Similarly, Swiss Chard or Rainbow Chards should supply leaf and stalks in Autumn and perhaps Winter as well.

  • Round Seeded Pea varieties:

Round Seeded Peas (there are two types of dry seed, Round and Wrinkle Seeded) Round seeded varieties are hardier and the dry seed does not have any signs of a wrinkled skin. These can be sown September / October for an early harvest in Spring or in January onwards if you missed the Sept / Oct sowing period.

  • Winter Lettuces:

There are a decent number of Lettuce varieties which are quite hardy not only in unheated polytunnels and greenhouses but also outdoors, the best place to look for seed of this sort would be a heritage / heirloom seed supplier as they are likely to stock a few varieties, buying a cloche or mini polythene tunnel won’t be a bad idea as it keeps the cold winter winds from harming your plants. Check Salad Endive out for a year round easy to grow crop, another favourite with some gardeners is Lamb’s Lettuce AKA Corn Salad, this is a great plant to grow in a self-seed bed (A bed where you allow the plants to self seed as to reduce your own workload and allow nature to decide the ”sowing date”.

  • Oriental Greens:

Many oriental leafy vegetables are good for growing and supplying a decent yield in winter, varieties such as: Mizuna, Pakchoi,Tatsoi, Mispoona, Chinese Cabbage and Mibuna are all good.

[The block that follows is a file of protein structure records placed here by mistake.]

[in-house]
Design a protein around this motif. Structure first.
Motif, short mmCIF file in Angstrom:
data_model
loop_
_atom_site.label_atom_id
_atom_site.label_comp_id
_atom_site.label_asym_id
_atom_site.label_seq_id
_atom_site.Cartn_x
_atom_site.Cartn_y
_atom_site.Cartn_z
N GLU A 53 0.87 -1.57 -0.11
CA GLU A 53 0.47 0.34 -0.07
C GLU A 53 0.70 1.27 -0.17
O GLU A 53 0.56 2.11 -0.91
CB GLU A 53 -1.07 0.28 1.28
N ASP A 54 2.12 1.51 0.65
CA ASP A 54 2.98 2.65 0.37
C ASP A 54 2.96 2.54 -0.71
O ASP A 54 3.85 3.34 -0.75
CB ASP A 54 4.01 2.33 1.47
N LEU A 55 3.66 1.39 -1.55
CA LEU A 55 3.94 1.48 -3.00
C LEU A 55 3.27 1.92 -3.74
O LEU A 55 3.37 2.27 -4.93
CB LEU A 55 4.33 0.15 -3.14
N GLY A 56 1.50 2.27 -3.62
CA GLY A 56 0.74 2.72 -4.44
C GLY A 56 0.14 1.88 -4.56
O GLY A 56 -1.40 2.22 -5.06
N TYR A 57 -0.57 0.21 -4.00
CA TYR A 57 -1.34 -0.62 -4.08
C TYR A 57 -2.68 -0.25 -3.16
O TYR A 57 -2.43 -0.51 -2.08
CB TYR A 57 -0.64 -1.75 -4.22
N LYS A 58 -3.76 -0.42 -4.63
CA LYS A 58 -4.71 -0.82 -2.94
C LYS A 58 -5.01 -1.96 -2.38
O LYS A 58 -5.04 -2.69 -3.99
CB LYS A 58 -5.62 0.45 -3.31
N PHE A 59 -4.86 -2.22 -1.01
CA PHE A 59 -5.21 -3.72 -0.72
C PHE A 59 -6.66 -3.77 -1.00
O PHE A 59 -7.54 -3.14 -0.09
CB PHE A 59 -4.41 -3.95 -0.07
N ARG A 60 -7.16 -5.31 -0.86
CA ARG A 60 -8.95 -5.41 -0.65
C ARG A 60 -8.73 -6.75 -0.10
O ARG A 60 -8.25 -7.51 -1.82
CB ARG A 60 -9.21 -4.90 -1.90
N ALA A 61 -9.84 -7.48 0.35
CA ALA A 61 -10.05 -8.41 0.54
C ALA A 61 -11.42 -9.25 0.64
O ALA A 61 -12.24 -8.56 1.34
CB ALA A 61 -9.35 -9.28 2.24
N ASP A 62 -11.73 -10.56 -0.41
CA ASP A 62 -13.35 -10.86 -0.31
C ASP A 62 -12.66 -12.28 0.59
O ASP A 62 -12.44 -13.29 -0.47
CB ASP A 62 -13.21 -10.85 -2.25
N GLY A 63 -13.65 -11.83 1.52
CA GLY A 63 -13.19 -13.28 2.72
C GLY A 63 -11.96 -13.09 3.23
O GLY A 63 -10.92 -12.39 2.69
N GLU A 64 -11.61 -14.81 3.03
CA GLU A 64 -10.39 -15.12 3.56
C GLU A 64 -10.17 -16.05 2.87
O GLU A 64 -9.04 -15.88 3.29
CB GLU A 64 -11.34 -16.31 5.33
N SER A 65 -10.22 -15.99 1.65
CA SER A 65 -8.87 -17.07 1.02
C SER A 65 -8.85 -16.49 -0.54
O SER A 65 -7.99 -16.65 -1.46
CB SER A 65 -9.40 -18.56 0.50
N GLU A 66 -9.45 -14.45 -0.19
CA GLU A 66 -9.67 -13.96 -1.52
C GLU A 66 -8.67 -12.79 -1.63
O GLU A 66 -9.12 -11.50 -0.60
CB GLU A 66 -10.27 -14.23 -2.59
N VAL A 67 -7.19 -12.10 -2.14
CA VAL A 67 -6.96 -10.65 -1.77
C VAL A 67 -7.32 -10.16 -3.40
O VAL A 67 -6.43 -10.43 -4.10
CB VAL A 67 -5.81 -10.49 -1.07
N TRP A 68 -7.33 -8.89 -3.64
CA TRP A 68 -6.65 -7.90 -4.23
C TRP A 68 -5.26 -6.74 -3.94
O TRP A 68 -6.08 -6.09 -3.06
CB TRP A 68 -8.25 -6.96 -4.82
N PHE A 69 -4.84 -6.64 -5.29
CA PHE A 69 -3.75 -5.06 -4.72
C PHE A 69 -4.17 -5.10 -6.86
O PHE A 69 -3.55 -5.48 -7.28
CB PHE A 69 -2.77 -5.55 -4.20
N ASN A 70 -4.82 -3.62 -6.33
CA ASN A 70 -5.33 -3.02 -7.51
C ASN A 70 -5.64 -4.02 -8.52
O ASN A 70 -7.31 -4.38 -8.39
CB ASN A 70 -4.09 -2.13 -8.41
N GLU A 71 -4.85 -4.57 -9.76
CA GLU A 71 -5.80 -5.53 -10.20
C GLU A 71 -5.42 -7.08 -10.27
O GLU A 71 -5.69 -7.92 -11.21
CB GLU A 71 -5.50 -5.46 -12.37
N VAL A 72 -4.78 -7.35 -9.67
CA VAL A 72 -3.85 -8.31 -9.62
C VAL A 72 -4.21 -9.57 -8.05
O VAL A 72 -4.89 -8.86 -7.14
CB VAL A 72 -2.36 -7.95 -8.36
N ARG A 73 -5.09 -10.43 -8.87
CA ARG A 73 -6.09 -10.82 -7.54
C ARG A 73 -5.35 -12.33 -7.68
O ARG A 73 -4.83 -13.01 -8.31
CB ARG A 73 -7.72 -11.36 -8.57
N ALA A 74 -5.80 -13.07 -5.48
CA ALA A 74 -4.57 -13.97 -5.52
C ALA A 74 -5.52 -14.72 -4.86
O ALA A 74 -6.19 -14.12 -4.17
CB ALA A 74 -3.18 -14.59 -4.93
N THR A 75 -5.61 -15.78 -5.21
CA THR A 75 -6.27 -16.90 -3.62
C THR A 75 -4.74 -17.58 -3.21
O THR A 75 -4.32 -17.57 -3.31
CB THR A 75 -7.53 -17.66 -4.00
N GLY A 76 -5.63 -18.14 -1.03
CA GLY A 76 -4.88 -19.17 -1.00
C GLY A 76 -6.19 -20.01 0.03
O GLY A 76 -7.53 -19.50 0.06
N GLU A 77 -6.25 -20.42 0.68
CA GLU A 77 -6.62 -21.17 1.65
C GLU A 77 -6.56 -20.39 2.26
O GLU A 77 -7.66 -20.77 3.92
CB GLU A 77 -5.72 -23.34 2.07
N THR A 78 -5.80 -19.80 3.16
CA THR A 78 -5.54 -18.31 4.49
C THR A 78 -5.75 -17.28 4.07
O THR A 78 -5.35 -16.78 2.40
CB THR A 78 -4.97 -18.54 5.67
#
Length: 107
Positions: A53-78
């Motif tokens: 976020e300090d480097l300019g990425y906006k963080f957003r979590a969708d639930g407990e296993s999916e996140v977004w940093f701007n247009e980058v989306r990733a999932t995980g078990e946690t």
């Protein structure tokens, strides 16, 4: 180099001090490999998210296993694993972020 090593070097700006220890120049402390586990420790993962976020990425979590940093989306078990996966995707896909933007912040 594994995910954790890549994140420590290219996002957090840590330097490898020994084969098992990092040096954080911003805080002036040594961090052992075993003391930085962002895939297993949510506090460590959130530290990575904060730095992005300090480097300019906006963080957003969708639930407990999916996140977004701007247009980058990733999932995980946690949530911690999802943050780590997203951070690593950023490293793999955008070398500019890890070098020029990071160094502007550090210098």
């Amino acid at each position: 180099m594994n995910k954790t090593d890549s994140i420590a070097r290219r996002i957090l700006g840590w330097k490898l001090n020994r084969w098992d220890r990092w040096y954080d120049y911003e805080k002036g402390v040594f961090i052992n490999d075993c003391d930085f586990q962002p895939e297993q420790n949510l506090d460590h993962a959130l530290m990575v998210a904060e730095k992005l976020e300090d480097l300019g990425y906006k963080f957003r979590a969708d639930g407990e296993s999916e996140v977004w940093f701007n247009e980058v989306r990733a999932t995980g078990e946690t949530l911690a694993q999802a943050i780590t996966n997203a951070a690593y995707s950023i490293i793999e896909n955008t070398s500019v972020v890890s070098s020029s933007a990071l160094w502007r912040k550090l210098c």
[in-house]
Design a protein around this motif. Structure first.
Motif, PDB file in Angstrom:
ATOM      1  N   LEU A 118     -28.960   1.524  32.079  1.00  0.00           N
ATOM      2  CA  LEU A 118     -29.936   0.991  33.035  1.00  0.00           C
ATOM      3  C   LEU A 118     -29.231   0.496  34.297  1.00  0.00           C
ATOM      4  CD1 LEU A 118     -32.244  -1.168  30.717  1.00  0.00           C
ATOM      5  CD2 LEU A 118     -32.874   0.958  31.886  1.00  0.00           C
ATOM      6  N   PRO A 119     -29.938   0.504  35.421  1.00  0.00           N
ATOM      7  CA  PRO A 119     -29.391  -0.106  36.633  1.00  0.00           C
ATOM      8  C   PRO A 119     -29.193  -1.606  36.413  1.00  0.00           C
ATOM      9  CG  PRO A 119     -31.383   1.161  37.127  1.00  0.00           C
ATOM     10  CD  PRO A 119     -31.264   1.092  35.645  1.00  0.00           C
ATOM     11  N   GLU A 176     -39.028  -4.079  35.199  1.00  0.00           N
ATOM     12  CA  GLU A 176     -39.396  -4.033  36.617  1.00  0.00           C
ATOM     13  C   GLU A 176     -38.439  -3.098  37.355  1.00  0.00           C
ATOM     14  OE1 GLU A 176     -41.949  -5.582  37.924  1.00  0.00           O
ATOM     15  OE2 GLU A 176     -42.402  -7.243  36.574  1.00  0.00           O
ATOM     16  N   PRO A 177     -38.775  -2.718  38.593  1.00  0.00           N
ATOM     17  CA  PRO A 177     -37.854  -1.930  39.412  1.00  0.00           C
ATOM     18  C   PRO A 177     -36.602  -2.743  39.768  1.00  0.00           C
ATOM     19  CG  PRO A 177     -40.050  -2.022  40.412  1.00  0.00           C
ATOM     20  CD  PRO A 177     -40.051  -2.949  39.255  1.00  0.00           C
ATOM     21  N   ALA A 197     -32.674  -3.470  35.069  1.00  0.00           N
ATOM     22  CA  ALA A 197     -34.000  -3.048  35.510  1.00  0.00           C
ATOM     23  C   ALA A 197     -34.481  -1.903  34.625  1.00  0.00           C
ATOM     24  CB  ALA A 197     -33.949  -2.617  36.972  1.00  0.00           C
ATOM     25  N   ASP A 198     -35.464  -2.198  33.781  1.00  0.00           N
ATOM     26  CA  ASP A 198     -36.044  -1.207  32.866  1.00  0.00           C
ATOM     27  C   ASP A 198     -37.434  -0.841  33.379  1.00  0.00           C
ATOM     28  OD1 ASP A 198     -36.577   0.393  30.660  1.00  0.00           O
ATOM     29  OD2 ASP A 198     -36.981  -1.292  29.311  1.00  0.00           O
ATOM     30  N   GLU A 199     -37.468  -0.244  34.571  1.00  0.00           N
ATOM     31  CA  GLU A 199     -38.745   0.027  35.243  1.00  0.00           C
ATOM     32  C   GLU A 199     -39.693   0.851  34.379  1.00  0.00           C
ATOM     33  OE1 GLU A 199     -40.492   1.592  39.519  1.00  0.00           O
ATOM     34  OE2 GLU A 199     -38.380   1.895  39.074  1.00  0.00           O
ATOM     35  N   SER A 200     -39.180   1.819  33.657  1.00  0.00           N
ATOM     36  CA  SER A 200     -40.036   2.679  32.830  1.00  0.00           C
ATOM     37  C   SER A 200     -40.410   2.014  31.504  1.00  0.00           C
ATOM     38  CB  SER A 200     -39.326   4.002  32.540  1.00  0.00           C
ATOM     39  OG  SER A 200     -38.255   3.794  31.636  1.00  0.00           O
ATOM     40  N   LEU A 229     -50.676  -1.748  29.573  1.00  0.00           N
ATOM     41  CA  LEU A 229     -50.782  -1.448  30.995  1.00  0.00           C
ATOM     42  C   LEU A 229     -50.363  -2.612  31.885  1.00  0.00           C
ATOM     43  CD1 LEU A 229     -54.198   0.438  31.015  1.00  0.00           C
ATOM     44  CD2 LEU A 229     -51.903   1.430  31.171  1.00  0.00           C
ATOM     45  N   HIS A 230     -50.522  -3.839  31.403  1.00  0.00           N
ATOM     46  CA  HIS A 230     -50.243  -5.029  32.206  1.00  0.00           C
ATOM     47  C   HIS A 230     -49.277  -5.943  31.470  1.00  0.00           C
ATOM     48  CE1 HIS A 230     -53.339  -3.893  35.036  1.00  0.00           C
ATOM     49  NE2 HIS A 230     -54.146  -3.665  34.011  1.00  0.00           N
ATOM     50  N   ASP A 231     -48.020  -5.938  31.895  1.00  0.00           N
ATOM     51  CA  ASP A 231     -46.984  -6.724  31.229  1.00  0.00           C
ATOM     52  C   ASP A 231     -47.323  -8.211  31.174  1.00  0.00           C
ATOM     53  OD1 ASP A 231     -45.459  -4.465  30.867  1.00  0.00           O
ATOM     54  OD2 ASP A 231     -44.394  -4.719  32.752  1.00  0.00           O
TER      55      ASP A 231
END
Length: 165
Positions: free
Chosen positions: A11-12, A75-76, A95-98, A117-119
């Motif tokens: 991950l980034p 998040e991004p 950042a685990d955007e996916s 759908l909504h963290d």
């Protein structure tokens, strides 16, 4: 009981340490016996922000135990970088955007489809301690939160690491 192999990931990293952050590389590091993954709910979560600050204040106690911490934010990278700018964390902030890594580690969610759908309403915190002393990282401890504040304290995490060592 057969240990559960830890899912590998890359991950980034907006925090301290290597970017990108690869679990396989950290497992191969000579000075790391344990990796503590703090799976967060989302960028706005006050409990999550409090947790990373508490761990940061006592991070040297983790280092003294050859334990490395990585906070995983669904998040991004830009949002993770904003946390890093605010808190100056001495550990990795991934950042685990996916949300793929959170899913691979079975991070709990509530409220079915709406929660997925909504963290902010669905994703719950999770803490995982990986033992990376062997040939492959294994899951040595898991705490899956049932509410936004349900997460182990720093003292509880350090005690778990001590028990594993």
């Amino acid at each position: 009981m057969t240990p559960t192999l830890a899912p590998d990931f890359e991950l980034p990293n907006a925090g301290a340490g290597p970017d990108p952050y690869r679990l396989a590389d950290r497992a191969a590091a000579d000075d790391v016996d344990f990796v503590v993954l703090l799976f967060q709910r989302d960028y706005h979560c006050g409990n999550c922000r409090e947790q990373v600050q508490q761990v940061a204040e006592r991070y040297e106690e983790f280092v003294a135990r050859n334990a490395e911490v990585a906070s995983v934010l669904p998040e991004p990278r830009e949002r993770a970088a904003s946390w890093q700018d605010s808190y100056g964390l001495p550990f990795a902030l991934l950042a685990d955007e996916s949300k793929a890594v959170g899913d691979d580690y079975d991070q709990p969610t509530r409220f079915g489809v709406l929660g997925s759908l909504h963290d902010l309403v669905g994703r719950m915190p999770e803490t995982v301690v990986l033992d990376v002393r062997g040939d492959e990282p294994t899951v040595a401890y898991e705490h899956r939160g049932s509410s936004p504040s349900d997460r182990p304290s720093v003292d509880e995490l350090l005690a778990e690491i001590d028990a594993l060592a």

• The Hot / Peppery Greens:

Mustard Greens are very hardy, Rocket salad (Arugula) are a great plant to grow late Summer onwards as  the cooler weather will decrease the chances of the plants bolting.
Another good All Year, easy to grow green is Land Cress, placed in this category as it is a little spicy.

  • Windowsill Plants in Pots:

I always say people MUST experiment!! A few years back I grew a couple Tomato ‘Minibel’ (Small Cherry like, Pot Bush Tomatoes) in Terracotta pots indoors on my sunniest windowsill. I got perhaps 20-40 small mini-cherry tomatoes off of each plant during the season in your typical English Winter!

This year I will be growing a Cucamelon (As well as two Minibels again) in a slightly larger Terracotta pot on the same windowsill although with a mini bamboo trellis frame to support this Cucumber relative (Climber) keep an eye or follow this blog to see the results.